I REMEMBER MEETING my Gujarati-American spouse’s siblings for the first time, a few years ago, at a restaurant called Surati Farsan in the “Little India” neighbourhood of Cerritos, a city in greater Los Angeles. I was then teaching literature from the Indian Ocean region at the University of California, in Los Angeles, and as soon as I read Surati’s hybrid desi menu, which was peppered with Gujarati-inflected English, I was at home. Over African chevdo, chocolate dosa, bhaji quesadilla, ragda petish, bataka vada, mango lassi and masala chaash, my spouse, his siblings and I swapped stories about India. They had been brought up by parents who migrated from rural Gujarat in the 1970s to work in California’s motel industry, and had extended family in different parts of the world, including Canada, England, Zimbabwe, Zambia, Malawi, Kenya, Trinidad and Panama. Yet they were amazed when I recited my Indian Ocean island tales to them, especially stories about an active Gujarati presence in the Indian Ocean’s trade routes and on the African islands, centuries before the British colonised the Indian subcontinent.
My relatives’ reaction at Surati wasn’t very different from that of my desi friend, who heard my island tales raptly when I met her in Mumbai, following a pre-doctoral research trip to Mauritius. My friend’s image of Indian Ocean islands such as Mauritius, the Maldives and the Seychelles was derived mostly from romantic Bollywood songs, tourism brochures and celebrity honeymoons. When I told her about the people I’d met on my trip, including multilingual Mauritians of rural Bihari descent, she chuckled and said, “Seriously? Bhaiyas speaking Bhojpuri and French?”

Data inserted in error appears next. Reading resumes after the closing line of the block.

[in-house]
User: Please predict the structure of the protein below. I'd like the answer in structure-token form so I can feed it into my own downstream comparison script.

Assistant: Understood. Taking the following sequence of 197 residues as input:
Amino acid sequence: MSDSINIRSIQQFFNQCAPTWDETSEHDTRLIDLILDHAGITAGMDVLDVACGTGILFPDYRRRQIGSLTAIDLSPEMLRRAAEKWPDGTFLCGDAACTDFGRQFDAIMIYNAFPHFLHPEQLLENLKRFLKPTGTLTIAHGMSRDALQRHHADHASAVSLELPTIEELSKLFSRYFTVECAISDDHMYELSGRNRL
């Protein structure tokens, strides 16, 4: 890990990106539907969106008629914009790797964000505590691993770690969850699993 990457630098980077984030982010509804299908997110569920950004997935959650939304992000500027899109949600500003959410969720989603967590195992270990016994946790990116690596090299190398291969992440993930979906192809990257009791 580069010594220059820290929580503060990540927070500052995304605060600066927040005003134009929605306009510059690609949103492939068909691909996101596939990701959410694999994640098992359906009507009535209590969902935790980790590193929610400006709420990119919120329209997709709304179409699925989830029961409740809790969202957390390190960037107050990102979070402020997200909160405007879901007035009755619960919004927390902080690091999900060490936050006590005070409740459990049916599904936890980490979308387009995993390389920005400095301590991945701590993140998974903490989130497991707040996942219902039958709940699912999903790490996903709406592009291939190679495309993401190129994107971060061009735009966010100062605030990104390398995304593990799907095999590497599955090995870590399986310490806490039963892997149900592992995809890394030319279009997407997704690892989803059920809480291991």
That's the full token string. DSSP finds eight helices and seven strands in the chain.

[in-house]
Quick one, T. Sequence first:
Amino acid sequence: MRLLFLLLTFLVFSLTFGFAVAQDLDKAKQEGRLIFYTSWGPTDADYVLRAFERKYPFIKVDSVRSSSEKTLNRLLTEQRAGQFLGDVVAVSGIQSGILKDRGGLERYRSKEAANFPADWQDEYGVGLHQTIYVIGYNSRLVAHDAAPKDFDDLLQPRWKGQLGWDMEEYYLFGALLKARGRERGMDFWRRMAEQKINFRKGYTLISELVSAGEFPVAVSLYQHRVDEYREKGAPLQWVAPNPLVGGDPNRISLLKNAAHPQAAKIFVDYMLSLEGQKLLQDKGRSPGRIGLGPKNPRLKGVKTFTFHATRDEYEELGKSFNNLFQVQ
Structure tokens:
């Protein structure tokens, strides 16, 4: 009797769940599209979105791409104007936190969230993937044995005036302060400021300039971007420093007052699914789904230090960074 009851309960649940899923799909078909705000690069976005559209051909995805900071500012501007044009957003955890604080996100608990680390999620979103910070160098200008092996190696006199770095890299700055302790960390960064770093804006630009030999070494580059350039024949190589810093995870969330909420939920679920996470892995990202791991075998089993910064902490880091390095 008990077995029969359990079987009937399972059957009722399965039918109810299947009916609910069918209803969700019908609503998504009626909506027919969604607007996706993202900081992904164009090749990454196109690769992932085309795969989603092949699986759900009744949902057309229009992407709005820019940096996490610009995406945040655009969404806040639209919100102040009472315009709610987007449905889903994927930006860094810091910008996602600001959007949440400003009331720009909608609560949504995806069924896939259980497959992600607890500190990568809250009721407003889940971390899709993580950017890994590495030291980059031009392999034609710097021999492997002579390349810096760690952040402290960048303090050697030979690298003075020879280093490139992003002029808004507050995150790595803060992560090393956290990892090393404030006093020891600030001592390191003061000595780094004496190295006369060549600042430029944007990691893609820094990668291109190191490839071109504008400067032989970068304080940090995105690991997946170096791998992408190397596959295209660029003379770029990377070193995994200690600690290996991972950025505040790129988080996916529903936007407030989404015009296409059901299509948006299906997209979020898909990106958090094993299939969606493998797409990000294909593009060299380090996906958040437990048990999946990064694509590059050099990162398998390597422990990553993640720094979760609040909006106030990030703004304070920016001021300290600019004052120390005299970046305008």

I was peeved—as if Mumbaikars alone had a monopoly over multilingualism. Clearly, I had forgotten how dumbfounded I was when, as a graduate student in Philadelphia, I stumbled upon a novel whose characters included francophone Asians, and whose French was infused with Hindi, Bhojpuri and Chinese words. This was the Mauritian writer Marie-Thérèse Humbert’s A l’autre bout de moi—a 1979 novel that led to my discovery of a rich body of francophone writing rarely studied in Western classrooms, and my research commitment to the Indian Ocean.
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Namrata Poddar’s fiction, non-fiction, and translations have appeared or are forthcoming in Jaggery, the Missing Slate, Literary Orphans, Sociopoética, Necessary Fiction, the Feminist Wire, The Margins, Transition, Literary Hub, Hayden’s Ferry Review, the Los Angeles Review of Books, and elsewhere. She currently serves on the faculty at UCLA.